On the other hand the desiderative (want to) and permissive (allowed to/"may") are single particles. So are two different necessitatives, one for ought to/"should" and one for has to/"must" (though for things like "I have to do my homework" they say "should"). They combine the latter necessitative particle with the subjunctive of the verb "to be", for the assumptive/deductive mood, "must be that you (might) do". They also use a single particle for a verb-mood that is probably a specific type of the speculative, which means able to/"can", and ought to be called the "poderative" (there is a verb-ending for that in Japanese but apparently it's classed as a voice, not a mood, which I don't buy). Zbin-Ãld also uses that last thing for informal requests, like how English (and Czech) say "Could you pass the mustard?" as a request between "Pass the mustard" and "Please pass the mustard"—but theirs isn't a question.
- To inflict locust-style devastation on an area, let's say you have 40 million micro-bots (roughly the number of locusts in a square kilometer during a "swarming"). And that each is ant-sized, i.e. roughly the size of a grain of long rice, 70 cubic millimeters. Now, at the density of carbon fiber (what insect-based bots seem to usually be made of), we're talking about 25 milligrams each; 40 million of them weigh one megagram, and have a volume of 2,800 liters—which, assuming square containers, have 75% density, so really a volume of 3,733 and one-third liters.
If you take them in something like this US military medical storage-chest, it basically takes 18 of them to contain it all, say three trips of six chests. Each of the chests weighs 19 kg; if each of the canisters containing the bots is half a liter, and there are 200 of them per chest (not sure how the dimensions of each canister would play out), well I seem to find a typical weight for a half-liter vacuum bottle of 300 grams, so figure 200 of them is another 60 kg per chest, for a total weight per filled chest of 134 and 5/9 kilograms per chest; each cartload of six of them would weigh 807 and 1/3 kilograms, which I think the biggest carts used in shelf-stocking do sometimes handle.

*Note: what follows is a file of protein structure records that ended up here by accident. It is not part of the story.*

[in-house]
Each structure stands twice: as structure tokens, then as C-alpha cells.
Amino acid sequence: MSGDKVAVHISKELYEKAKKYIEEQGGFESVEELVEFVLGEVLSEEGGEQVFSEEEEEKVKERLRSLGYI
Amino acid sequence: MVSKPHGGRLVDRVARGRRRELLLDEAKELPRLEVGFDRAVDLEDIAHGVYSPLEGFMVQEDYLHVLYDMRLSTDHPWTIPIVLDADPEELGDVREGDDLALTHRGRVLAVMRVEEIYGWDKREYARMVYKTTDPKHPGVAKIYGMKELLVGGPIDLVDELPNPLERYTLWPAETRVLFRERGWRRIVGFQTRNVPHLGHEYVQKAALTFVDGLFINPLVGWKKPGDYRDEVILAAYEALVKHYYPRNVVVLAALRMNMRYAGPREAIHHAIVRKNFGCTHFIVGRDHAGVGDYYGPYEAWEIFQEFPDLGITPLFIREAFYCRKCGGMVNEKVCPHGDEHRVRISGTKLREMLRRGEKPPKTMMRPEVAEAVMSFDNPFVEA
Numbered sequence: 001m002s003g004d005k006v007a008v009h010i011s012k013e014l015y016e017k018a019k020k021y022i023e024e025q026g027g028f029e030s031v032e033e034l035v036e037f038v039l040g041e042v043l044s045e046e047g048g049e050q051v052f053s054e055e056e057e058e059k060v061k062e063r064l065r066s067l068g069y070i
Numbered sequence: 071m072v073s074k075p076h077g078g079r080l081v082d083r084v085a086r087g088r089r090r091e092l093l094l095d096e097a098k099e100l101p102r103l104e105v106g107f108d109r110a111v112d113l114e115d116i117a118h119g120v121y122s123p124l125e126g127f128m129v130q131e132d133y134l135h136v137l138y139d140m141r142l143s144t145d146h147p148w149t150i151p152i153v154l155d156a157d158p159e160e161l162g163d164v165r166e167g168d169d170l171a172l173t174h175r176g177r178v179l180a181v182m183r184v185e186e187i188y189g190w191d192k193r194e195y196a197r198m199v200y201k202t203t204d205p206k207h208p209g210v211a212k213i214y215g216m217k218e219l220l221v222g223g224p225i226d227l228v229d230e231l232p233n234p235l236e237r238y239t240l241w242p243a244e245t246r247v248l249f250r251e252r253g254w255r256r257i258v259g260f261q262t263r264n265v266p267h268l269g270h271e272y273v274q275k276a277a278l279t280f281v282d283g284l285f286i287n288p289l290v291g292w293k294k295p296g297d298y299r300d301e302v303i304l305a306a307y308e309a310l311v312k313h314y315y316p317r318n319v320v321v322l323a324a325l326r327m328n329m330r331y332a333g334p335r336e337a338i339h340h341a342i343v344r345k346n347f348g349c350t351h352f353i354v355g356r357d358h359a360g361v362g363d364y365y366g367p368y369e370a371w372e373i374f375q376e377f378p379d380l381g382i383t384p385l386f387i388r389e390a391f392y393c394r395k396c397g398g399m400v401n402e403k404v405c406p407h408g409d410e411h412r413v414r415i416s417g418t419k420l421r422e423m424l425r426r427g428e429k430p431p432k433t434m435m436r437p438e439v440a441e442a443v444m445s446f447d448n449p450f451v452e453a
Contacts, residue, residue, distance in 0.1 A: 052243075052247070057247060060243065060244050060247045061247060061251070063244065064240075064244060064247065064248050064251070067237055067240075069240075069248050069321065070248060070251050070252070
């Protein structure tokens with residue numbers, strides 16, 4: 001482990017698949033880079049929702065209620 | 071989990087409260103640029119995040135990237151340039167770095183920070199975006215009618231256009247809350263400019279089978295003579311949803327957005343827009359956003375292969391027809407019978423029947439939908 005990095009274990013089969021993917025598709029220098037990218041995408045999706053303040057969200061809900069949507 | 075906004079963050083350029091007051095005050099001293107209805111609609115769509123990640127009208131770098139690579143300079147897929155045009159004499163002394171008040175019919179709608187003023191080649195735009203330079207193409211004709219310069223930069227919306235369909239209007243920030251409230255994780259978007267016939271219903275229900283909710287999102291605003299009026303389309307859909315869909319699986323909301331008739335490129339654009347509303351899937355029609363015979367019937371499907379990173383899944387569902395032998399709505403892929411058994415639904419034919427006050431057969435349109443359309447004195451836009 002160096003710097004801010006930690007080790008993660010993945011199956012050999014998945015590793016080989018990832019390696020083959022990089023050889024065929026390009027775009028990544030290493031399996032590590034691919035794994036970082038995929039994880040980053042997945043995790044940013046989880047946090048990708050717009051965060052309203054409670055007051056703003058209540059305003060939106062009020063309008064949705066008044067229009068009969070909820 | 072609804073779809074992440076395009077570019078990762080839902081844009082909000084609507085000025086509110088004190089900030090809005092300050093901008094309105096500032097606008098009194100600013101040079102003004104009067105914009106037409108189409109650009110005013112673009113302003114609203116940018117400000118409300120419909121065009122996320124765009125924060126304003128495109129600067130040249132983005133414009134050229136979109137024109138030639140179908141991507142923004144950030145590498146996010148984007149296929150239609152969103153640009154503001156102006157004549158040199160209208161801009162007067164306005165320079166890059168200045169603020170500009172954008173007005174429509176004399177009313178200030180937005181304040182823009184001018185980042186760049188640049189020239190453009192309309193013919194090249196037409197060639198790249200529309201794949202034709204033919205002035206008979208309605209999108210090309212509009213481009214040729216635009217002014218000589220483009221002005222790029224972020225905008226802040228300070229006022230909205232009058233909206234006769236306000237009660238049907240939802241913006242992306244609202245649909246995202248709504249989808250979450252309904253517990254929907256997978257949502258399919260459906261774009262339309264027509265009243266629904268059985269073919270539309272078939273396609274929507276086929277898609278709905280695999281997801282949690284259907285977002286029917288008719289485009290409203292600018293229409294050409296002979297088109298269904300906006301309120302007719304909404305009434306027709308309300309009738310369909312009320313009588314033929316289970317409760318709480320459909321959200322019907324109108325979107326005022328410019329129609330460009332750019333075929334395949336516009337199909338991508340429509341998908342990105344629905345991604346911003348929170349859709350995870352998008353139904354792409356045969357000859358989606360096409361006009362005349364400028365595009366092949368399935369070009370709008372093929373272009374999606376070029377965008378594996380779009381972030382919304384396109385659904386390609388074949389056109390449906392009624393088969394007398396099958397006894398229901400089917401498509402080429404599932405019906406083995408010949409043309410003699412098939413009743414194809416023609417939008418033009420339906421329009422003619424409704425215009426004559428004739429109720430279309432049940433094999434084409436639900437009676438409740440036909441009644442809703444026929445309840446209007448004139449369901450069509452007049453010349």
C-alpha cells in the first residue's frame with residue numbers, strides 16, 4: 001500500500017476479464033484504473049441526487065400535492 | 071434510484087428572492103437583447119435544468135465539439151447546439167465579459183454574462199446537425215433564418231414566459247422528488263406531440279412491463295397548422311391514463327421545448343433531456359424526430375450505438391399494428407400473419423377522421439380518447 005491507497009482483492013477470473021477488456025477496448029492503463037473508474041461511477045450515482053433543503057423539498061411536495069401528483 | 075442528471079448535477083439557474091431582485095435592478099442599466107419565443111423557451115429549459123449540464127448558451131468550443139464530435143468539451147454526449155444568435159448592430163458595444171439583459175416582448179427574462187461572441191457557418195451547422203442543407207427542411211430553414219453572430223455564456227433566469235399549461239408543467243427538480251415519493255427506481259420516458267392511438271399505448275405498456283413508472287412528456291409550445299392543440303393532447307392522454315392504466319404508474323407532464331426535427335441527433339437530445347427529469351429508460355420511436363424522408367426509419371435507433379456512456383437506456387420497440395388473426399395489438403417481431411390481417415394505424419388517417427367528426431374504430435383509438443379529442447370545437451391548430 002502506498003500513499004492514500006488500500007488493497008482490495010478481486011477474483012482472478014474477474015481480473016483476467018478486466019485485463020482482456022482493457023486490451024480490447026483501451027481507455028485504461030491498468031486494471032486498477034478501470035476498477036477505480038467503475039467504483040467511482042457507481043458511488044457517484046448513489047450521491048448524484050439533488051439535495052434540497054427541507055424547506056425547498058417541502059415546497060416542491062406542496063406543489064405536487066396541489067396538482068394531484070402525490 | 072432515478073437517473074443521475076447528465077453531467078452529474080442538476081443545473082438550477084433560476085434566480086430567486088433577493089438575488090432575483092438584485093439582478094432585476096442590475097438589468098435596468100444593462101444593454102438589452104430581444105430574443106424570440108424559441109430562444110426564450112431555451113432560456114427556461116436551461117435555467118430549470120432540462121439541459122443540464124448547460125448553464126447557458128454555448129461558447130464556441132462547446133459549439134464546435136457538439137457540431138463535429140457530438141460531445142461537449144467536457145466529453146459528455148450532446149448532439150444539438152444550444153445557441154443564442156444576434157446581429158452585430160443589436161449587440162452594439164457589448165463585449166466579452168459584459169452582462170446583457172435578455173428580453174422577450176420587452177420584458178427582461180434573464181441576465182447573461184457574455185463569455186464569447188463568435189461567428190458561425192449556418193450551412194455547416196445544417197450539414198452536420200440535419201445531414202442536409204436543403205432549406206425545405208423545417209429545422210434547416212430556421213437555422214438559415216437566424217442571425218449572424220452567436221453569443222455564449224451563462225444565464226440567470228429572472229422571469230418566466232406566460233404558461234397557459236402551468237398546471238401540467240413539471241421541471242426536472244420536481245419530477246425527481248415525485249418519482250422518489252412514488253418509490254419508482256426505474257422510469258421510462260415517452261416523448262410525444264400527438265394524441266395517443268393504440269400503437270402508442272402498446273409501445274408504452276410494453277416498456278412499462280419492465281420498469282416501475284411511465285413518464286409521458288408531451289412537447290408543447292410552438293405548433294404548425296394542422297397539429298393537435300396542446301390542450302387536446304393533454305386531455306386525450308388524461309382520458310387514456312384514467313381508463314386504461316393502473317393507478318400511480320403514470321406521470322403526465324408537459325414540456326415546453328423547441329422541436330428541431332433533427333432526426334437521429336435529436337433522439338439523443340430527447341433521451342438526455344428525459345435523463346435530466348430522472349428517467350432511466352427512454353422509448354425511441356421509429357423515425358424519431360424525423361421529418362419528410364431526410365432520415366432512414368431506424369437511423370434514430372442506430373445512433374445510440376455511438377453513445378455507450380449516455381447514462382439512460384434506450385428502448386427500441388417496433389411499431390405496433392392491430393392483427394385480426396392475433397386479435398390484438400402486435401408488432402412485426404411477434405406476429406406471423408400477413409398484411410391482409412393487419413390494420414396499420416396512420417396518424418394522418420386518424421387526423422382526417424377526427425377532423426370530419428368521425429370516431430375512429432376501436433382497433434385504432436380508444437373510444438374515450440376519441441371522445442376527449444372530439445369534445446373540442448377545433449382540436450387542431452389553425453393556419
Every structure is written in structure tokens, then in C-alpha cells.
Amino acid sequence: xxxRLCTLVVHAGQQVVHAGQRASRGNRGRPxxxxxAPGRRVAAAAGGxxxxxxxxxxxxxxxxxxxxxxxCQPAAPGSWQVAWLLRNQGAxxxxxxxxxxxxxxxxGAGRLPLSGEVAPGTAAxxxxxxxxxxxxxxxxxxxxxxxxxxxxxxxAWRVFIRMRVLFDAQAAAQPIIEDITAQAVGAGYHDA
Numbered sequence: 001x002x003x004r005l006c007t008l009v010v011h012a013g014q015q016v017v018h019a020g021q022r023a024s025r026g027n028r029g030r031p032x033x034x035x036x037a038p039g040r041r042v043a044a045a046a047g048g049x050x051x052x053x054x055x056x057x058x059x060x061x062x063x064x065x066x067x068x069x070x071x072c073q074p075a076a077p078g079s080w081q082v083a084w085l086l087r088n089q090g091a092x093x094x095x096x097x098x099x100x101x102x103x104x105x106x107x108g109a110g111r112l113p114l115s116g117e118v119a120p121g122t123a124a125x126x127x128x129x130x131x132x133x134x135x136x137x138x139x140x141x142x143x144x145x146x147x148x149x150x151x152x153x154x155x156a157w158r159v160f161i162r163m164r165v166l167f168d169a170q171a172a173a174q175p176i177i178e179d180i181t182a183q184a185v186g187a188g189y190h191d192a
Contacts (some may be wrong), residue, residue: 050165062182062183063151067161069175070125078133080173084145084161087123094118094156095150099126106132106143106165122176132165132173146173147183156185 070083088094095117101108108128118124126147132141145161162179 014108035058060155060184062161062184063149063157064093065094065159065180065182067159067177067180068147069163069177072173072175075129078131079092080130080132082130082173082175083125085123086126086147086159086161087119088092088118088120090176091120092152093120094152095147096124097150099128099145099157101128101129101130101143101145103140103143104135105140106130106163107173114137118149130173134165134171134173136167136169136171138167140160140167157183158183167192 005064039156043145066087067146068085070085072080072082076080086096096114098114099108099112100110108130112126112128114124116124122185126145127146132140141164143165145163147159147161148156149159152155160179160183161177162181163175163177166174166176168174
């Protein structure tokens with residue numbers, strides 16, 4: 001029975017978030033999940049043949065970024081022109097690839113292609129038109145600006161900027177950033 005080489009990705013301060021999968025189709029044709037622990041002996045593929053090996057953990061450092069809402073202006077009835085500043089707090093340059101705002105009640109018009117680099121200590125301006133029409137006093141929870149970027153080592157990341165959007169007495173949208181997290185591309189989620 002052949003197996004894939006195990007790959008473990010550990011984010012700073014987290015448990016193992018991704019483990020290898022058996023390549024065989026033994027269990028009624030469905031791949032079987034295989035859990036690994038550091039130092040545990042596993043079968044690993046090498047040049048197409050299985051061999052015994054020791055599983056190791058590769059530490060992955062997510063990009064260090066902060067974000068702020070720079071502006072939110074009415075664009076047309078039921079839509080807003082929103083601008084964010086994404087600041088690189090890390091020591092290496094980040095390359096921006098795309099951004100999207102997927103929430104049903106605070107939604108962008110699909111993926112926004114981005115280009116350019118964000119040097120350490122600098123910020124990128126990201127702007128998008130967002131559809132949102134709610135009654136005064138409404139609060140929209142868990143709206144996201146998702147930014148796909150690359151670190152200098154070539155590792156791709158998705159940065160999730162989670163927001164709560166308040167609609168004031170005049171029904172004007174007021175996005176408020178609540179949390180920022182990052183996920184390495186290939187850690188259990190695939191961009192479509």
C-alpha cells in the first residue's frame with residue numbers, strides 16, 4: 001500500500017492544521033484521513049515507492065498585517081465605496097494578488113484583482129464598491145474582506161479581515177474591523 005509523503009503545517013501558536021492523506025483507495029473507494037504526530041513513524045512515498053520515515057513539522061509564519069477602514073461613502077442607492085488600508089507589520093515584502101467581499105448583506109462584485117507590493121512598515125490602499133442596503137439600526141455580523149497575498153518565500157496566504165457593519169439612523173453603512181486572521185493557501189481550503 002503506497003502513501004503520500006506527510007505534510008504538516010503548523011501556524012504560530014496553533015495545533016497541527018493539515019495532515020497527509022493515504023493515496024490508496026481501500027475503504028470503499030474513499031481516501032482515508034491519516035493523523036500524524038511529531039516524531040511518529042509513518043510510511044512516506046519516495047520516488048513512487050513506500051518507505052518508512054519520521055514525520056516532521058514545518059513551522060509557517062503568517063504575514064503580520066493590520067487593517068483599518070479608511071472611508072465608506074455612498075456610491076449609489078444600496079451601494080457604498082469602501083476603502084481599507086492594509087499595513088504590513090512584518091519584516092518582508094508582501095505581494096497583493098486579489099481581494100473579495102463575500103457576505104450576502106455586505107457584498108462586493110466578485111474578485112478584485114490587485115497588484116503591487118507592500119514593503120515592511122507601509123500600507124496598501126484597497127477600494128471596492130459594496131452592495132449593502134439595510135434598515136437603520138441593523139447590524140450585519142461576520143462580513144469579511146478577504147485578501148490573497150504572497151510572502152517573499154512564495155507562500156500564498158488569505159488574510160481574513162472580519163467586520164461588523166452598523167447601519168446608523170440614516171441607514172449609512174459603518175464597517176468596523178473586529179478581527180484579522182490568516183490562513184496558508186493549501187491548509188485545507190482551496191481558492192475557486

The 1-megagram of micro-bot locusts can do more damage than real locusts because while a locust can eat its own weight in a day, a micro-bot is not limited by the need to digest—or being diurnal (since they're probably not solar-powered, at least at night). Locust-bots with beamed power (or that use environmental electrolytes for fuel) can probably devour three, maybe four times their weight in the course of a day, either using nano-bots inside them as something like termite gut-flora or else just using the nano-bots as an anti-personnel weapon while the micro-bots do anti-materiel damage.
- I got to thinking, what if there were an ecosystem with no autotrophs, and the herbivore-analog survived by directly eating electrolyte salts from its environment? From that point on, the rest of the ecosystem would work like ours does, with various levels of carnivore eating the...halivore, I guess?...for its salts and whatever its tissues were made of. (Probably the salts would also get shuffled back into the environment by the decay of such organisms.) I suppose their "energy biosphere" probably wouldn't be based on carbon-fixing, so their tissues would be radically different from ours. Maybe that would be what silicon-based life would do?